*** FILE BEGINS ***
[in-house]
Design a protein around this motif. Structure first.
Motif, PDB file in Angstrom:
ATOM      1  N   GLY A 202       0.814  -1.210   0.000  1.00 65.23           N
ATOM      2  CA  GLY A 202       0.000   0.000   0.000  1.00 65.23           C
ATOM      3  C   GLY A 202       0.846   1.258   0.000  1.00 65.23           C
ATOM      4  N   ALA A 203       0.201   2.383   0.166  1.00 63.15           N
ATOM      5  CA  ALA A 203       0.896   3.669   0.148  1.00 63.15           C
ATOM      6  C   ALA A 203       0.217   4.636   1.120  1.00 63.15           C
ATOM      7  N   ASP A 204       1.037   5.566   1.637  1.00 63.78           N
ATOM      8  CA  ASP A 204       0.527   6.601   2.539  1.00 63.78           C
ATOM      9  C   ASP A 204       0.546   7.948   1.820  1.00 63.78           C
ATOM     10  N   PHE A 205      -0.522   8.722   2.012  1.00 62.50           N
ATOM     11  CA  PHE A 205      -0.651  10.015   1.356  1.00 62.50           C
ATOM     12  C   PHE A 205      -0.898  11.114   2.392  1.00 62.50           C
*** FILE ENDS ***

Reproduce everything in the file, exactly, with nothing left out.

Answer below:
[in-house]
Design a protein around this motif. Structure first.
Motif, PDB file in Angstrom:
ATOM      1  N   GLY A 202       0.814  -1.210   0.000  1.00 65.23           N
ATOM      2  CA  GLY A 202       0.000   0.000   0.000  1.00 65.23           C
ATOM      3  C   GLY A 202       0.846   1.258   0.000  1.00 65.23           C
ATOM      4  N   ALA A 203       0.201   2.383   0.166  1.00 63.15           N
ATOM      5  CA  ALA A 203       0.896   3.669   0.148  1.00 63.15           C
ATOM      6  C   ALA A 203       0.217   4.636   1.120  1.00 63.15           C
ATOM      7  N   ASP A 204       1.037   5.566   1.637  1.00 63.78           N
ATOM      8  CA  ASP A 204       0.527   6.601   2.539  1.00 63.78           C
ATOM      9  C   ASP A 204       0.546   7.948   1.820  1.00 63.78           C
ATOM     10  N   PHE A 205      -0.522   8.722   2.012  1.00 62.50           N
ATOM     11  CA  PHE A 205      -0.651  10.015   1.356  1.00 62.50           C
ATOM     12  C   PHE A 205      -0.898  11.114   2.392  1.00 62.50           C